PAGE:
Q Theatre Loft, 305 Queen St, Auckland

24/07/2015 - 08/08/2015

Production Details


From the creative team behind the award-winning Kiwi cabaret Daffodils, Bullet Heart Club returns to Auckland’s Q Theatre with a chilling, electronic alt. theatre experience about the hunt for human connection.

The Deliberate Disappearance of My Friend, Jack Hartnett had a short development showing in the 2015 Auckland Arts Festival and will open for its world premiere season on 24 July, starring Westside and Daffodils’ Todd Emerson with a live band.

It’s 2am and Oliver is still at the office. His next move depends on Jack. Jack left work without notice in search of Anja – the woman behind 152 emails sitting in Jack’s inbox.

Auckland. Paris. Amsterdam. Zagreb. The echo of Anja’s voice drives Jack’s search. When Oliver is granted online access to Jack’s innermost thoughts, the fragile balance between observer and participant is broken, leading Oliver to commit an irreversible crime.  

Bullet Heart Club is one of the country’s boldest new theatre companies. Their premiere show, Daffodils saw two sold-out, award-winning seasons in Auckland before a huge tour of all regional festivals this year. The show has been highly acclaimed by critics and audiences, and continues to tour through the country.

Co-director of Bullet Heart Club Kitan Petkovski says, “With Jack Hartnett, we wanted to create something within in our signature style – the coming together of contemporary music, media and stories – yet completely different in tone and genre to Daffodils. As such, the soundtrack is original in its entirety, written specifically for the show, and the story goes to a very different place.”

The Deliberate Disappearance of My Friend, Jack Hartnett is directed by Conrad Newport, a Wellington-based director with a strong mastery and heritage in staging new New Zealand plays. His command of new scripts has seen Newport direct the world premiere of Dave Armstrong’s Central in the 2015 Wanaka Festival of Colour and the 2013 world premiere of Patrick Evans’ Gifted, among others.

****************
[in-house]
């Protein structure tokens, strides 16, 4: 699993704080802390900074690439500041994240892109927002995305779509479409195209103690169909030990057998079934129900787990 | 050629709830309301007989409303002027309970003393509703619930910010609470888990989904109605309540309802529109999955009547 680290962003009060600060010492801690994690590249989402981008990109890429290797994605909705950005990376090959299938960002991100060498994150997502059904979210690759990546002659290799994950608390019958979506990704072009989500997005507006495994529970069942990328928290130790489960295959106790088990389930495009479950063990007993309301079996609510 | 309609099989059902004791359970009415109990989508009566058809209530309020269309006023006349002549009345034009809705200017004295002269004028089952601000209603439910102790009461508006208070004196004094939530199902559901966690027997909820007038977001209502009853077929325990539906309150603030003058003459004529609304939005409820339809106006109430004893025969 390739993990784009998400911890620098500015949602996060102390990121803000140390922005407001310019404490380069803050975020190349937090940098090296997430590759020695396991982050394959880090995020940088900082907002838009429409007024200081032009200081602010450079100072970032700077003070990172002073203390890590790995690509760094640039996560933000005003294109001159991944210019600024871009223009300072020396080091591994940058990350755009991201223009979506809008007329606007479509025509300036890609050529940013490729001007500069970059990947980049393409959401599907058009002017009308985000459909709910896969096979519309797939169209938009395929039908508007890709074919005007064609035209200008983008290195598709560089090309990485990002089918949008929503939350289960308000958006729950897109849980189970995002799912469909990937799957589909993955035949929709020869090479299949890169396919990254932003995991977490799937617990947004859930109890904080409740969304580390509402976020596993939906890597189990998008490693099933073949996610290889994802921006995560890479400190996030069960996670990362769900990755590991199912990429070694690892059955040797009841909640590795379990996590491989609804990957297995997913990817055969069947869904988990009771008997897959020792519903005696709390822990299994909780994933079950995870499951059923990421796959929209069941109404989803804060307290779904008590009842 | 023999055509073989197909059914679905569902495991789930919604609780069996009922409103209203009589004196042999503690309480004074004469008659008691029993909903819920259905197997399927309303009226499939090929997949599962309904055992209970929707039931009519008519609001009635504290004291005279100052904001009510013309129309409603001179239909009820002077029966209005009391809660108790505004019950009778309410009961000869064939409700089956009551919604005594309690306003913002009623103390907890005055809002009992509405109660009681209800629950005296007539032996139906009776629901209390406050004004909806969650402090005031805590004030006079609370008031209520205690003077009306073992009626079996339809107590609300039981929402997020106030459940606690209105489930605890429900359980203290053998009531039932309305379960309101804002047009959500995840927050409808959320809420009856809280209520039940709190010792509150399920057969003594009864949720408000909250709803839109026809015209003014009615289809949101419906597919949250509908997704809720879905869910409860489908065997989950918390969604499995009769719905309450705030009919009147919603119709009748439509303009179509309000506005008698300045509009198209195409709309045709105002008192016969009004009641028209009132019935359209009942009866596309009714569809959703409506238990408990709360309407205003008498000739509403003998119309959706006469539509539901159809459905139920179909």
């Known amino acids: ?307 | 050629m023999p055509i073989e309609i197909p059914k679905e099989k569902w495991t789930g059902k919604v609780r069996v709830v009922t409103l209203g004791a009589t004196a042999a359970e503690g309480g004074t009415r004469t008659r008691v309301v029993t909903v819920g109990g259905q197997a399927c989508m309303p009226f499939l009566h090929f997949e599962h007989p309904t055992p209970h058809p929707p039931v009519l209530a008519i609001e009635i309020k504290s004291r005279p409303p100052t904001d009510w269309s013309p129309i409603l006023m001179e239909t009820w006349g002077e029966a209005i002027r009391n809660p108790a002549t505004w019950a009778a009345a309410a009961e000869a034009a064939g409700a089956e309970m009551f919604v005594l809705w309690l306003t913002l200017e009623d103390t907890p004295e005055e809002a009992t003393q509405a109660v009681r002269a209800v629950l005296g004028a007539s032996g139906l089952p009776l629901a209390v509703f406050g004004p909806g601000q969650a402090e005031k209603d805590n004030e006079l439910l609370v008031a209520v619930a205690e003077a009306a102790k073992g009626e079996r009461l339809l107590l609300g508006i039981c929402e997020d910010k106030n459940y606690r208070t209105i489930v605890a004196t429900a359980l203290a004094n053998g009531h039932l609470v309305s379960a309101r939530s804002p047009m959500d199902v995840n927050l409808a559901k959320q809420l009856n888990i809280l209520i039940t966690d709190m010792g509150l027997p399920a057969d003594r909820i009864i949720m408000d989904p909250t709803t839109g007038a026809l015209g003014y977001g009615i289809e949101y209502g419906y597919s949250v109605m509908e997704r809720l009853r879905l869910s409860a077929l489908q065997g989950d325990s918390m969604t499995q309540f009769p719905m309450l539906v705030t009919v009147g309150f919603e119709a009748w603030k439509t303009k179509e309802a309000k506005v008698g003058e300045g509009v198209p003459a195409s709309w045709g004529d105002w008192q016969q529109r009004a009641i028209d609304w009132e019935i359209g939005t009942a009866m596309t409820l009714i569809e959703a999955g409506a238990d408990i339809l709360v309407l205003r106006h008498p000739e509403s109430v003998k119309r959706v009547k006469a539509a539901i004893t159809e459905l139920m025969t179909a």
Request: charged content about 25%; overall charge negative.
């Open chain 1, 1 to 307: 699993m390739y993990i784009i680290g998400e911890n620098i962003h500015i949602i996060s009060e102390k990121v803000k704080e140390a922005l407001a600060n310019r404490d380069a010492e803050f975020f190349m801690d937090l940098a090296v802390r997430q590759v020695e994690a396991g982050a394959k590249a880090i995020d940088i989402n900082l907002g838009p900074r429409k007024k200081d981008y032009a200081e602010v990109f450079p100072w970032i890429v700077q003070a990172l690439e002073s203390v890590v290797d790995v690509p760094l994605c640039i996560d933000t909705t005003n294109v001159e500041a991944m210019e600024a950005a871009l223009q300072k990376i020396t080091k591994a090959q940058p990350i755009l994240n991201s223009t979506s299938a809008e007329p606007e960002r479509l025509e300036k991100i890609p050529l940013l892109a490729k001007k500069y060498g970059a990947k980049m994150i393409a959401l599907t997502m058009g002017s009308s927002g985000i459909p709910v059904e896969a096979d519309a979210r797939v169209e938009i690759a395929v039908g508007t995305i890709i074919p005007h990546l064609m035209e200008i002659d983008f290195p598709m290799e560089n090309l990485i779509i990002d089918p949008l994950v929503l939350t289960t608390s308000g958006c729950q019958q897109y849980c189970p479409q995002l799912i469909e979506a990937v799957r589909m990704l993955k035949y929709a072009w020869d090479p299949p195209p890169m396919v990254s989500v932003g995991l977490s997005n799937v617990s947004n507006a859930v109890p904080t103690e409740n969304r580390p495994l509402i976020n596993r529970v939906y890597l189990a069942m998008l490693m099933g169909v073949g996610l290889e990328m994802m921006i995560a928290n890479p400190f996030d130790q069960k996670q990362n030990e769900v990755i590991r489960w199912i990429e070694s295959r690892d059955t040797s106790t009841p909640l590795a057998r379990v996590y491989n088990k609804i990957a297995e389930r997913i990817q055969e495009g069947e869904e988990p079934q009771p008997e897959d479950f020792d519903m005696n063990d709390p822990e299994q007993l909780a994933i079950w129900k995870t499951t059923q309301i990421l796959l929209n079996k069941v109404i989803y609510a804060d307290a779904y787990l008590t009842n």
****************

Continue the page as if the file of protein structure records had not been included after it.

With a script written by 2015 Michael King Residency Recipient Rochelle Bright (Daffodils) and set to a sonic-avalanche of a score by Abraham Kunin (Esther Stephens & The Means, Coach, Junelle), Jack Hartnett is performed by Westside’s Todd Emerson and a live band comprising Kunin, Leon Radojkovic (Brel, Live, Live Cinema) and Alex Freer, who will tour with Tiny Ruins and Bic Runga later this year.

Please visit the web site here or call 09 309 9771.

The Deliberate Disappearance of My Friend, Jack Hartnett is the first to feature in this year’s Q Presents programme – a partnership programme supported by Q Theatre for independent companies that push the boundaries of their art form.

24 July – 8 August, 2015
Q Theatre Loft, Auckland

Theatre , Musical ,

Musical thriller intrigues

Review by Janet McAllister 27th Jul 2015

Bullet Heart Club is well-named: the outfit that produced Rochelle Bright’s heartbreaker hit Daffodils now brings us Bright’s shot at heart-stopping suspense. But keeping the tension taut and the entertainment high in a one-man musical thriller is a tall order: songs are liable to ease the sense of danger and a thug can’t really stand over his victim when they’re both played by the same guy.

The show nearly makes it. Jane Hakaraia’s lighting and Tom Anderson’s soundscape keep the nerves on alert throughout, and the satisfying narrative arc (arguably barring a superfluous coda) works nicely. [More]


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Why should we care about Jack?

Review by James Wenley 26th Jul 2015

Did you see Daffodils? Wasn’t it great? For Metro Magazine I named it best debut for the 2014 best in theatre wrap-up. Rochelle Bright and her Bullet Heart Club collaborators have acknowledged their sophomore work, The Deliberate Disappearance of my Friend, Jack Hartnett is like a much anticipated second album. The difficult second album.

They’ve gone darker. There’s no light relief. Todd Emerson spends half of the show scowling at us. Musically, they no longer have the safety net of the kiwi pop song. I think they know that this time their show won’t be universally adored. I think they know that some people are going to walk out afterwards hating the show.